See CIRCA’s Most Dangerous Circus Work In Landscape With Monsters

Yaron Lifschitz, artistic director of Brisbane’s CIRCA, has built seven-strong, tight-knit circus troupes like no other – conquering danger, forging families and establishing contemporary circus. In 2017, Lifschitz returns to Canberra with his post-industrial LANDSCAPE WITH MONSTERS.

Landscape is a world of tall metal structures, wooden boxes and a hard floor where audiences experience the connections between ourselves and a built landscape in decay. Intense hand-to-hand acrobatics collide with hard objects to expose all that is dark, humorous, brutal and beautiful.

Performer Tim Fyffe has already travelled throughout Australia and Europe with CIRCA after he and his partner accepted an offer to join in 2016 when graduating from the National Circus School of Montreal. Originally from Melbourne, Fyffe now lives in Brisbane, working for CIRCA full-time, and while we talk he sits on scaffolding working on his house surrounded by three dogs playing.

Fyffe’s parents enrolled him in circus classes from a young age and his Dad would cycle home from work picking up hooks and other objects off the road for Tim to build all kinds of apparatuses. His endless energy and curiosity kept bringing him back to circus. Now, he specialises in hand-to-hand acrobatics and he’ll be the one we see climbing a five-metre trestle with no hands solo when Landscape comes the Canberra Theatre Playhouse stage in September.

In Fyffe’s opinion, CIRCA is unique in its inception and creation of work. “They have a very involved process of creation with the artists,” he says. “Our opinion and input is valued. With Landscape we were told to improvise around sharp edges, we discussed it and jumped into it. All the artist’s ideas get thrown into the space. We go away to create on our own without the director, then he’ll return to work with us. It’s less choreographed and more organic in process.”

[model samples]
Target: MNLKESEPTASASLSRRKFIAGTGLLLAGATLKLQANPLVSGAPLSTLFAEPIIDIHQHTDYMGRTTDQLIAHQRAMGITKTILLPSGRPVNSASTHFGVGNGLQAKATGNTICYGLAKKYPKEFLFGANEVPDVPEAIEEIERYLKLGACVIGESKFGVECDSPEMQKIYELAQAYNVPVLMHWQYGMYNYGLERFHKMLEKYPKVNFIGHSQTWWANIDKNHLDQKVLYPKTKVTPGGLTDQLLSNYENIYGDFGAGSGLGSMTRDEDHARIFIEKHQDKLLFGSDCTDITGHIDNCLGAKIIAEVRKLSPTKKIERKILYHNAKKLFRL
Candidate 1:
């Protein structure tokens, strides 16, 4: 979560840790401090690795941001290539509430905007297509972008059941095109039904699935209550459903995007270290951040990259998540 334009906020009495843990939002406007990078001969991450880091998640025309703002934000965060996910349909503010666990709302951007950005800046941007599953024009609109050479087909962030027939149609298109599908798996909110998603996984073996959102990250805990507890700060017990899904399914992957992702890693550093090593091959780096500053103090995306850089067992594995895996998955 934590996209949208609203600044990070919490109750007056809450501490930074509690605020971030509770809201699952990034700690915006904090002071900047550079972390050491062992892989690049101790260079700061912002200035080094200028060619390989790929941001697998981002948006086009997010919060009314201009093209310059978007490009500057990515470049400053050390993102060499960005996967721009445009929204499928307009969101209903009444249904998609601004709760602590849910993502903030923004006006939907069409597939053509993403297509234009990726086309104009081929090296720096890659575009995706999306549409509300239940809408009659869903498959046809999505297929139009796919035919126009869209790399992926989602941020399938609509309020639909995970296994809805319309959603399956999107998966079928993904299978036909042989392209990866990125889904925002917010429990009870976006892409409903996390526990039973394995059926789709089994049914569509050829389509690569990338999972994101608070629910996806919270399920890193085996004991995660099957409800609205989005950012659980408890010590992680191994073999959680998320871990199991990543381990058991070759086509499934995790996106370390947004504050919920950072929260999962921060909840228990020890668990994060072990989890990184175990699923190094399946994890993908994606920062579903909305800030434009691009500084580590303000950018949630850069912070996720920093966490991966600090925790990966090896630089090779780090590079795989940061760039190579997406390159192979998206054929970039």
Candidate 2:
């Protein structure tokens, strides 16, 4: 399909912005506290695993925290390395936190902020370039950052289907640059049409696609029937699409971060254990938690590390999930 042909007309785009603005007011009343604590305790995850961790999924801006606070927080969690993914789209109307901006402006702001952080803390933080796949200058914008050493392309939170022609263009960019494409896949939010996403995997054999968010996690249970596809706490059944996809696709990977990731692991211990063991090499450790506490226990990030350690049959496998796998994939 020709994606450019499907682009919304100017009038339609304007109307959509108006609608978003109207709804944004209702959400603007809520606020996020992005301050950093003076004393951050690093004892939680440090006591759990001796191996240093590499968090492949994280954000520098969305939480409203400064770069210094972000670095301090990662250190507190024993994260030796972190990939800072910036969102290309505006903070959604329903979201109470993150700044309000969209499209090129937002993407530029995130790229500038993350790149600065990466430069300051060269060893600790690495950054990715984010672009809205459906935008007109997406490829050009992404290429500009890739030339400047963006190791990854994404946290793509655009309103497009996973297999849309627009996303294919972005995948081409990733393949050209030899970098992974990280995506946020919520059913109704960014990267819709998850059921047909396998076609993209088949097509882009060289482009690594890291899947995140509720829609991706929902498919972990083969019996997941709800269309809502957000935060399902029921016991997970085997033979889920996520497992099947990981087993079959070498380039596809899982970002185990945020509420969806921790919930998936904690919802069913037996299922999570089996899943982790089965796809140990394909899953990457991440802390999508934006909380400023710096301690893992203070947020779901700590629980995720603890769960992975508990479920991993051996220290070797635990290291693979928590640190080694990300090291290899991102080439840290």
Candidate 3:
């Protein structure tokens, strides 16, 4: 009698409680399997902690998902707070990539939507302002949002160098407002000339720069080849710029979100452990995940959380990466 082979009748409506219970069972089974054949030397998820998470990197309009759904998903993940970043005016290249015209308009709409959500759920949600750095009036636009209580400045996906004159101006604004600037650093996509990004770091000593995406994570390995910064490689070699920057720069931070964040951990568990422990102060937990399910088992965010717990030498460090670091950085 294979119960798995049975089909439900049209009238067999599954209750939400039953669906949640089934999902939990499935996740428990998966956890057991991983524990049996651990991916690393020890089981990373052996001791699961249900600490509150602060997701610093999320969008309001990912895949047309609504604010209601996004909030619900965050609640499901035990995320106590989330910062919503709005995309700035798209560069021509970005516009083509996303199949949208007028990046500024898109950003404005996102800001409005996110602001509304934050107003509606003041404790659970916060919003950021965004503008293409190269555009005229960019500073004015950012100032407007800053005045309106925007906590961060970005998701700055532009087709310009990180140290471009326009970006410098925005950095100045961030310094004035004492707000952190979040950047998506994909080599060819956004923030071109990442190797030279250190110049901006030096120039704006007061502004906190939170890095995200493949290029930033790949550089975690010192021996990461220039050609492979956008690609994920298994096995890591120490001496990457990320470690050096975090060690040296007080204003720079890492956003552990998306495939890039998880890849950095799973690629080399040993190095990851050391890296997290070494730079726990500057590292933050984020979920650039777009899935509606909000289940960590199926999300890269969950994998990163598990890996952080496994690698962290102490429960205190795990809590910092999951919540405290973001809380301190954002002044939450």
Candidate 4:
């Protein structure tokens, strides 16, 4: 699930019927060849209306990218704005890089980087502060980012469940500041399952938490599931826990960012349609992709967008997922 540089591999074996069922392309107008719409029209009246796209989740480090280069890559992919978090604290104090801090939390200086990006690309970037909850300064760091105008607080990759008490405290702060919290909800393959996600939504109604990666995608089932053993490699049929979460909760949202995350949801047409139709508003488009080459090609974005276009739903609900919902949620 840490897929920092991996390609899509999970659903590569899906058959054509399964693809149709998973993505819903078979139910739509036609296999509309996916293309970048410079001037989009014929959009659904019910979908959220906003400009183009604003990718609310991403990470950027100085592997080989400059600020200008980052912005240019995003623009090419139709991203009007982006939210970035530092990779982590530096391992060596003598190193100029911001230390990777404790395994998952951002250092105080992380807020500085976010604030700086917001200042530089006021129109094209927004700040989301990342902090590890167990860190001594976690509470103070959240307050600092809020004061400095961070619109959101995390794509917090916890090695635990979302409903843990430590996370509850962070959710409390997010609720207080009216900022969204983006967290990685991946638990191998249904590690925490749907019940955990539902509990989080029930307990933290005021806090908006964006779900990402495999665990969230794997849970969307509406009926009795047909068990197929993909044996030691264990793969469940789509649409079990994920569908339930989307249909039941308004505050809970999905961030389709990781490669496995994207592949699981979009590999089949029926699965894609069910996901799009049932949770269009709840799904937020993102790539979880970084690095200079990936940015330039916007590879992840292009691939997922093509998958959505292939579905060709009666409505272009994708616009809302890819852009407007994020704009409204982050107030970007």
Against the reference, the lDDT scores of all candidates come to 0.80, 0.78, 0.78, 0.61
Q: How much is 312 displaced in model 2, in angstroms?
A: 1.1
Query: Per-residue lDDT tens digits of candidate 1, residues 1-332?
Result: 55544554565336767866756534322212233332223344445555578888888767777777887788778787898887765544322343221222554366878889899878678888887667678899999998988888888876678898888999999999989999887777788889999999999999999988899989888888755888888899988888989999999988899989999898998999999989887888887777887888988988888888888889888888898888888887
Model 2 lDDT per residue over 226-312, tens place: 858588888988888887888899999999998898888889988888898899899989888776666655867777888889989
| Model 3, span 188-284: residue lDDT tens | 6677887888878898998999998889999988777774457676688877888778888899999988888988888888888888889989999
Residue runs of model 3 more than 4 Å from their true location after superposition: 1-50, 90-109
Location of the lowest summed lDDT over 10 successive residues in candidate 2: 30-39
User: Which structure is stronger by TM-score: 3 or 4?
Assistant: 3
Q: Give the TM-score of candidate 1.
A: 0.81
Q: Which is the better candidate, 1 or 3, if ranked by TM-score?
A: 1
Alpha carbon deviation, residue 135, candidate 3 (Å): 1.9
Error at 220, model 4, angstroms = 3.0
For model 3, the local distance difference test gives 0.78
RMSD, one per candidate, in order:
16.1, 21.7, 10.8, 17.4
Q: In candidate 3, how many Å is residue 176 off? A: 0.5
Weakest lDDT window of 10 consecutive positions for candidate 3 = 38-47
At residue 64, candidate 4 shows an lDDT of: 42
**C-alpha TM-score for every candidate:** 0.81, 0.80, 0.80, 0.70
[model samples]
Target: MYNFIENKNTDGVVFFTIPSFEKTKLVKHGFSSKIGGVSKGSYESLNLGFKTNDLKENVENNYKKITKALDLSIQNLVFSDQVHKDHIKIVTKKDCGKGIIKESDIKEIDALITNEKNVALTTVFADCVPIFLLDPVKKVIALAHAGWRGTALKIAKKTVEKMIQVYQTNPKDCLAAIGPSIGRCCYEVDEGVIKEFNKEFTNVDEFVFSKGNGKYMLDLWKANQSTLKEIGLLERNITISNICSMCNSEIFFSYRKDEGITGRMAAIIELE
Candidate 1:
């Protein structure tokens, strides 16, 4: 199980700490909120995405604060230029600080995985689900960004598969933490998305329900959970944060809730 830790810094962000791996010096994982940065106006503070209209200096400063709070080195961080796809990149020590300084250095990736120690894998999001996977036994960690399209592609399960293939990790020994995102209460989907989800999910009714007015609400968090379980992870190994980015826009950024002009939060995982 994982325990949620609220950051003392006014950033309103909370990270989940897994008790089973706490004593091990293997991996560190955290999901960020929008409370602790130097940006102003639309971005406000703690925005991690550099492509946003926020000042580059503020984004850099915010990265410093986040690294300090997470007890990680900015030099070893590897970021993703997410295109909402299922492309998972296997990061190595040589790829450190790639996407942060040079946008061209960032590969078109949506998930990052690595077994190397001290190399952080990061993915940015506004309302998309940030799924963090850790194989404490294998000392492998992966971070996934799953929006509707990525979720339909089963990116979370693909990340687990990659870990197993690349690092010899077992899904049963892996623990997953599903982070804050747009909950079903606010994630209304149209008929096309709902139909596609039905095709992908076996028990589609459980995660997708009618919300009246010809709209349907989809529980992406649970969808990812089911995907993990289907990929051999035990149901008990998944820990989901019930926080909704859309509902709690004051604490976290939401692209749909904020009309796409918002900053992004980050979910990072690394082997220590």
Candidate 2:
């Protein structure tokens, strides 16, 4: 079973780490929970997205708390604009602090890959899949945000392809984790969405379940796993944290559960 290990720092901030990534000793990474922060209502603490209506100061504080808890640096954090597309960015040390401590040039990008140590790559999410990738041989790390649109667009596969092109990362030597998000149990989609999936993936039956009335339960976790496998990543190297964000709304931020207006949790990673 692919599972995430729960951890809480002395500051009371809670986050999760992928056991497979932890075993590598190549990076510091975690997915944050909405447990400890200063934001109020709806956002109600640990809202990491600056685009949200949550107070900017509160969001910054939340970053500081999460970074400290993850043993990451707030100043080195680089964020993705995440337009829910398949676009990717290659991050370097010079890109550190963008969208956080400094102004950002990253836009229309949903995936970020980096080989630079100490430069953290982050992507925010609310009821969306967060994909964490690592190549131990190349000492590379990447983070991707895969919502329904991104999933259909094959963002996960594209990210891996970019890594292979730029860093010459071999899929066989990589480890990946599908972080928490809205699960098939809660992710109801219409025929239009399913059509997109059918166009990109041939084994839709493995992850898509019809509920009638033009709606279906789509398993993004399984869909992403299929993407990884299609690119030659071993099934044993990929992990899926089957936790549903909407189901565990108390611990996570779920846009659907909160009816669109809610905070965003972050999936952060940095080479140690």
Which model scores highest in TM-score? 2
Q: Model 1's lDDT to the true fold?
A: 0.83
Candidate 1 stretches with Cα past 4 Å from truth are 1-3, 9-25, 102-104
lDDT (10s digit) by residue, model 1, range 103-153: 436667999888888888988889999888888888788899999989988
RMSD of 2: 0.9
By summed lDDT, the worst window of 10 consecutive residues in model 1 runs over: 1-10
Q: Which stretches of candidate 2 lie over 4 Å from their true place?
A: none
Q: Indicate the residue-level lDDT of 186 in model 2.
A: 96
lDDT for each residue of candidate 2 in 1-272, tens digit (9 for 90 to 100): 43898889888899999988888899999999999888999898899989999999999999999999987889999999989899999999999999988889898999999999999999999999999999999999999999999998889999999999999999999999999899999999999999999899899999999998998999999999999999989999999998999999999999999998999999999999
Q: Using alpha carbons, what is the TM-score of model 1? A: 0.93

While Fyffe was not there at its inception, his troupe have remodelled Landscape, complementing the strengths of the current performers. Over time CIRCA’s small troupes become in sync and improvisation leads to a strong repertoire together. While cues remain and there is choreography, Landscape is a growing organism with the artists always alert and open to what can happen. Fyffe says, “I know my cue. But every night I choose my entrance to the stage. Every audience is a unique transaction. They deserve the best show that you can give.”

Landscape with Monsters is one of CIRCA’s most dangerous works Fyffe tells me. “It’s very challenging. I do mental prep side of stage. Near misses happen and we always need to connect as a group. While we’re performing the danger, it’s real for us.

Landscape pushes the boundaries with risk. There are lots of sharp hard edges. The projections and soundscape are heavy. Audiences can expect to feel the bold danger. It is delicate at the same time as powerful. Slow and dark at the beginning, but there are lighter moments and it can be quite comical,” he concludes.

Landscape with Monsters is full of the thrills that are hallmarks of CIRCA – an Australian company stretching the practice and perceptions of circus, creating work that keeps audiences and critics enthralled.

CIRCA brings LANDSCAPE WITH MONSTERS to The Playhouse, Wednesday-Saturday September 6-9. Tickets from $45 + bf through canberratheatrecentre.com.

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